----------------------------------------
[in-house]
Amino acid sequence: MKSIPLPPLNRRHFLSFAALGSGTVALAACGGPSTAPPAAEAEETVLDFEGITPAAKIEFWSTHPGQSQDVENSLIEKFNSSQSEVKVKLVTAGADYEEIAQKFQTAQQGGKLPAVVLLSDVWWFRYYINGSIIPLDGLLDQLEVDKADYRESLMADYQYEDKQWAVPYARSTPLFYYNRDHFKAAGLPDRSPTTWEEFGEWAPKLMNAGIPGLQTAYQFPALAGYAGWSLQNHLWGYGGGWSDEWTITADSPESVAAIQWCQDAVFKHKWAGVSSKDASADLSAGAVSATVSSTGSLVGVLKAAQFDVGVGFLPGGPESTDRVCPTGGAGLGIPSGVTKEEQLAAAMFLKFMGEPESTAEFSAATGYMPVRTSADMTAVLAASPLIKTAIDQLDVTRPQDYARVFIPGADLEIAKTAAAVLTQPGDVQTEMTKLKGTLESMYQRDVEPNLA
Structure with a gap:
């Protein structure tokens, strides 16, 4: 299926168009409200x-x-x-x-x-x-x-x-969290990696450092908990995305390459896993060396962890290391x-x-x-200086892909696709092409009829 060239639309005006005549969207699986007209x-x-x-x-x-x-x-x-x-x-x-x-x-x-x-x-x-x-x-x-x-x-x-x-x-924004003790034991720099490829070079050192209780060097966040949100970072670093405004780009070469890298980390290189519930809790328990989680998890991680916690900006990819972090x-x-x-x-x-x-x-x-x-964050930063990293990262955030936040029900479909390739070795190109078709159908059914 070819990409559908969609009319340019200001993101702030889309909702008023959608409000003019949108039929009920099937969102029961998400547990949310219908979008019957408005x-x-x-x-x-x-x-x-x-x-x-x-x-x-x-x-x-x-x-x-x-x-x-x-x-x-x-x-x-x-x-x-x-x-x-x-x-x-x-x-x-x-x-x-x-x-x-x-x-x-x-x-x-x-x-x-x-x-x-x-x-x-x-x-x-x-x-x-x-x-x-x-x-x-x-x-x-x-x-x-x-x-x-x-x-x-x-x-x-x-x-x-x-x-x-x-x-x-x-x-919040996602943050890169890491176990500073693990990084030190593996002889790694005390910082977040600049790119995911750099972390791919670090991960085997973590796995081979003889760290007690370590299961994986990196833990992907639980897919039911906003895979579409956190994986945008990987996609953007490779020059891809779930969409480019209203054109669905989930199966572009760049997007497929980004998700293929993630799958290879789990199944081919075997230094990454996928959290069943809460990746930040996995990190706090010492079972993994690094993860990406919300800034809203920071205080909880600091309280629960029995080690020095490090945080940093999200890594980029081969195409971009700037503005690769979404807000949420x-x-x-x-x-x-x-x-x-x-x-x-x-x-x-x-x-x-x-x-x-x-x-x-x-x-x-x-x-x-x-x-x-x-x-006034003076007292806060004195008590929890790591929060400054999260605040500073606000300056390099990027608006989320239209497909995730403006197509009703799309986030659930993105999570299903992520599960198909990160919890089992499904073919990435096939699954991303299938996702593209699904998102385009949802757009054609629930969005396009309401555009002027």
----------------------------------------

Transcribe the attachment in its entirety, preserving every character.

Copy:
[in-house]
Amino acid sequence: MKSIPLPPLNRRHFLSFAALGSGTVALAACGGPSTAPPAAEAEETVLDFEGITPAAKIEFWSTHPGQSQDVENSLIEKFNSSQSEVKVKLVTAGADYEEIAQKFQTAQQGGKLPAVVLLSDVWWFRYYINGSIIPLDGLLDQLEVDKADYRESLMADYQYEDKQWAVPYARSTPLFYYNRDHFKAAGLPDRSPTTWEEFGEWAPKLMNAGIPGLQTAYQFPALAGYAGWSLQNHLWGYGGGWSDEWTITADSPESVAAIQWCQDAVFKHKWAGVSSKDASADLSAGAVSATVSSTGSLVGVLKAAQFDVGVGFLPGGPESTDRVCPTGGAGLGIPSGVTKEEQLAAAMFLKFMGEPESTAEFSAATGYMPVRTSADMTAVLAASPLIKTAIDQLDVTRPQDYARVFIPGADLEIAKTAAAVLTQPGDVQTEMTKLKGTLESMYQRDVEPNLA
Structure with a gap:
């Protein structure tokens, strides 16, 4: 299926168009409200x-x-x-x-x-x-x-x-969290990696450092908990995305390459896993060396962890290391x-x-x-200086892909696709092409009829 060239639309005006005549969207699986007209x-x-x-x-x-x-x-x-x-x-x-x-x-x-x-x-x-x-x-x-x-x-x-x-x-924004003790034991720099490829070079050192209780060097966040949100970072670093405004780009070469890298980390290189519930809790328990989680998890991680916690900006990819972090x-x-x-x-x-x-x-x-x-964050930063990293990262955030936040029900479909390739070795190109078709159908059914 070819990409559908969609009319340019200001993101702030889309909702008023959608409000003019949108039929009920099937969102029961998400547990949310219908979008019957408005x-x-x-x-x-x-x-x-x-x-x-x-x-x-x-x-x-x-x-x-x-x-x-x-x-x-x-x-x-x-x-x-x-x-x-x-x-x-x-x-x-x-x-x-x-x-x-x-x-x-x-x-x-x-x-x-x-x-x-x-x-x-x-x-x-x-x-x-x-x-x-x-x-x-x-x-x-x-x-x-x-x-x-x-x-x-x-x-x-x-x-x-x-x-x-x-x-x-x-x-919040996602943050890169890491176990500073693990990084030190593996002889790694005390910082977040600049790119995911750099972390791919670090991960085997973590796995081979003889760290007690370590299961994986990196833990992907639980897919039911906003895979579409956190994986945008990987996609953007490779020059891809779930969409480019209203054109669905989930199966572009760049997007497929980004998700293929993630799958290879789990199944081919075997230094990454996928959290069943809460990746930040996995990190706090010492079972993994690094993860990406919300800034809203920071205080909880600091309280629960029995080690020095490090945080940093999200890594980029081969195409971009700037503005690769979404807000949420x-x-x-x-x-x-x-x-x-x-x-x-x-x-x-x-x-x-x-x-x-x-x-x-x-x-x-x-x-x-x-x-x-x-x-006034003076007292806060004195008590929890790591929060400054999260605040500073606000300056390099990027608006989320239209497909995730403006197509009703799309986030659930993105999570299903992520599960198909990160919890089992499904073919990435096939699954991303299938996702593209699904998102385009949802757009054609629930969005396009309401555009002027």